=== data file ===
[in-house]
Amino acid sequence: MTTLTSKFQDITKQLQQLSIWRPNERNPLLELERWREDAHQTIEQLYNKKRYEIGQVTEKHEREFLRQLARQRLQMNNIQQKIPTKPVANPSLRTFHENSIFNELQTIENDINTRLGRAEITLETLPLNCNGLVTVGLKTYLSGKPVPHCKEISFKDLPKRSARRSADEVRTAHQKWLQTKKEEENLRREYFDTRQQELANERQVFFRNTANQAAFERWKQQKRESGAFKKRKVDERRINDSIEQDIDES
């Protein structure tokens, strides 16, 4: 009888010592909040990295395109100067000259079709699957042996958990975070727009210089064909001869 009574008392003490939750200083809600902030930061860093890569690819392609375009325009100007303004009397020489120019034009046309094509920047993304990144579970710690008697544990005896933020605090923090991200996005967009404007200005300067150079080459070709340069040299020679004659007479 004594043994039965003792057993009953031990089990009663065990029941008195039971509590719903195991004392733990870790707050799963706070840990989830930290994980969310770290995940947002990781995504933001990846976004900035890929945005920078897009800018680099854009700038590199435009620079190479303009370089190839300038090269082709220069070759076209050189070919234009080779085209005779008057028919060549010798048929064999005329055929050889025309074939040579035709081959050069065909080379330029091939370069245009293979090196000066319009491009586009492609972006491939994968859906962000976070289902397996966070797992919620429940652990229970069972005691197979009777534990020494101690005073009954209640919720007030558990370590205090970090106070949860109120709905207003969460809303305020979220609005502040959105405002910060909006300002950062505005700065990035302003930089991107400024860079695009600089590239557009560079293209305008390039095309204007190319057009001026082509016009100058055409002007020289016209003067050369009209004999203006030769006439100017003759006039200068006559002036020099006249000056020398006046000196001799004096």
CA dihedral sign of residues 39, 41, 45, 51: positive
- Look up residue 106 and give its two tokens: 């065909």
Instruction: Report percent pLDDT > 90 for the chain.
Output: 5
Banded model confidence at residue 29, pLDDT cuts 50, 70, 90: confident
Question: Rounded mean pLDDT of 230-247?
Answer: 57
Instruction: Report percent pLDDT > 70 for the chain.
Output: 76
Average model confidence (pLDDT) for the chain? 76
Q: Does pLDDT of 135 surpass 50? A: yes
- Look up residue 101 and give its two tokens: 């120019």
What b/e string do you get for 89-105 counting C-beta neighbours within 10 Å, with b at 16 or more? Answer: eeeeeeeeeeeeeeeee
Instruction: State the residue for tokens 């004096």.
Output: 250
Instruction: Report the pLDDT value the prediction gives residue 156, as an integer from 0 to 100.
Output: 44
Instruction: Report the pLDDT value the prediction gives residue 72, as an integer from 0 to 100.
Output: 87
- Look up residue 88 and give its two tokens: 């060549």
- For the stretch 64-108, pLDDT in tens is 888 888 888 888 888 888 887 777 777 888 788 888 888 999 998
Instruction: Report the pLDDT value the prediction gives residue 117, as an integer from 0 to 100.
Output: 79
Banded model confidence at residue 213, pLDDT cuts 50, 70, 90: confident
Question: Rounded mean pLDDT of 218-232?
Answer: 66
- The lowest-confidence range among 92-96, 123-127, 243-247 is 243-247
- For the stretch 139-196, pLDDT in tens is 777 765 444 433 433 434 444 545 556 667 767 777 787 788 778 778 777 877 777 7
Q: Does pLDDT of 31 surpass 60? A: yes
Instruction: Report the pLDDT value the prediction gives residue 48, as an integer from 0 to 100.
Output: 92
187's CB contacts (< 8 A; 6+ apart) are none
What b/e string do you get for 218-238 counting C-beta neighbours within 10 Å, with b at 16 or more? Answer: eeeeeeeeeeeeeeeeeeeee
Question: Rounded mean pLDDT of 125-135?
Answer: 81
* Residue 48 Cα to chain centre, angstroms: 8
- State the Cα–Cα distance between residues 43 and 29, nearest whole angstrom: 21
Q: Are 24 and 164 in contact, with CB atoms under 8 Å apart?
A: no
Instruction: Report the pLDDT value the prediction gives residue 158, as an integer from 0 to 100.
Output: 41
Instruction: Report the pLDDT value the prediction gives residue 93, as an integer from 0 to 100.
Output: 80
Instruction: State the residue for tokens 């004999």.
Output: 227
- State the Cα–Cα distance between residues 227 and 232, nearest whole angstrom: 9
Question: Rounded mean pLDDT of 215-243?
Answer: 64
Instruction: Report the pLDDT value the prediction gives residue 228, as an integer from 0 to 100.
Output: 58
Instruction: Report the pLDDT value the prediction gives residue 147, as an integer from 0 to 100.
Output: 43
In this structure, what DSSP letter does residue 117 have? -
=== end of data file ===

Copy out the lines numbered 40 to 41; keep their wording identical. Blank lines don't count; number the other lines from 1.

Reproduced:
- State the Cα–Cα distance between residues 43 and 29, nearest whole angstrom: 21
Q: Are 24 and 164 in contact, with CB atoms under 8 Å apart?